Sexual harassment and the protection gap for Chicago’s low-wage workers
By Sheerine Alemzadeh (8/21/2017)
From Silicon Valley to Fox News Studios, resignations from top executives signal growing discontent with employers who turn a blind eye to workplace sexual violence. Locally, several officials in Chicago’s water department have been forced to resign amid allegations that, among other things, black female employees were routinely subjected to sexist epithets.
But while a splashy ouster appeases public outrage, it does little to address underlying workplace norms that enable those with power to harass. Preventing sexual harassment requires disrupting this power differential, and that begins with strengthening protections for workers who are most likely to experience abuse.
Regardless of where we end up, most of us enter the workforce through low-wage service jobs. They are a critical acculturation experience that shape employees’ expectations of acceptable behavior throughout their working lives. The Chicago-based Coalition Against Workplace Sexual Violence, which I co-founded, just released a report detailing low-wage workers’ experiences of sexual violence and the inadequacies of existing responses to address it.
A nationwide study in 2014 of more than 1,200 restaurant workers by the Restaurant Opportunities Center found that 78 percent of women surveyed reported unwanted sexual advances by customers. Hart Associates recently surveyed over 1,200 female fast-food workers across the country, and found that 2 in 5 experienced sexual harassment.
In Chicago, hospitality union Unite Here surveyed almost 500 of its female members, and 58 percent of those working in hotels reported harassment by guests. These data suggest that most people enter the workforce through industries where workplace sexual violence is the norm.
Perversely, sexual harassment protections are weakest at these critical entry points to the job market. A few years ago, in a case originating from the 7th Circuit, the Supreme Court held that harassers must have hiring and firing power in order for their employer to automatically be on the hook for their actions. So lower-level supervisors can abuse their subordinates without necessarily creating liability for their employer. Law enforcement agencies have been less than clear with guidance around third-party harassment by customers and guests, making protections tenuous for employees in the rapidly growing service economy.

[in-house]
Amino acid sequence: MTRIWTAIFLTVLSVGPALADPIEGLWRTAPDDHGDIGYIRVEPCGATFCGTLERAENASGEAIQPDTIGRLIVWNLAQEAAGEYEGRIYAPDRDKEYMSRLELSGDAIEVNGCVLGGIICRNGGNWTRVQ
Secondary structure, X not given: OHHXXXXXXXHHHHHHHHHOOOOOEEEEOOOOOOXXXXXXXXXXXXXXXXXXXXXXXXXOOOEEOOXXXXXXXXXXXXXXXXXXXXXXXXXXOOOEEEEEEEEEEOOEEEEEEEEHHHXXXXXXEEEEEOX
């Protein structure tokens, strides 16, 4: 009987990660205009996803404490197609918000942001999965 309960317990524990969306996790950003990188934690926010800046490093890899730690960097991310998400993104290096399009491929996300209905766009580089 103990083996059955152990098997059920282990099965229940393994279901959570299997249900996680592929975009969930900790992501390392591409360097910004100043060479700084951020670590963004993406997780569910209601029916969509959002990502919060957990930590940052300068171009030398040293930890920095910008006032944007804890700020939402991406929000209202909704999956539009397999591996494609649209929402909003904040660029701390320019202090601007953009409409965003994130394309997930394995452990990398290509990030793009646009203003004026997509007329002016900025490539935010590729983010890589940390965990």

Local groups are working to shore up existing protections for the most vulnerable workers. In Chicago, Unite Here Local 1 is pushing an ordinance to strengthen hotels’ responses to guest harassment. The One Fair Wage campaign is organizing in Calumet City to eliminate the sub-minimum wage for tipped workers, so servers don’t have to endure customer harassment just to make their base wage. Members of Chicago’s Fight for $15 are pushing for a union in part to improve sexual harassment protections for fast-food workers. And domestic workers are educating their employers about the newly won Illinois Domestic Worker Bill of Rights, which includes protections against sexual harassment.
Despite these efforts, media attention has mostly focused on dramatic consequences that have unfolded for high-profile harassers and the institutions that enabled them. This reactive approach does little to address the gaps in legal protection that create opportunities for harassers to abuse their power in the first place.
Somewhere along the way, a job experience teaches a person that harassment is OK. If local lawmakers are serious about addressing sexual violence, they should actively support policies that decrease workers’ vulnerability. These policies will not only reduce harassment in industries where it is most prevalent, but will promote a culture of dignity and respect that has the potential to influence other sectors of the workforce.
Preventing sexual harassment takes more than a shake-up in leadership and a promise not to do it again. It requires meaningful legal protections for all employees, from the corporate suite to the factory floor.
Sheerine Alemzadeh is co-founder of Healing to Action and the Coalition Against Workplace Sexual Violence. She is a Chicago attorney.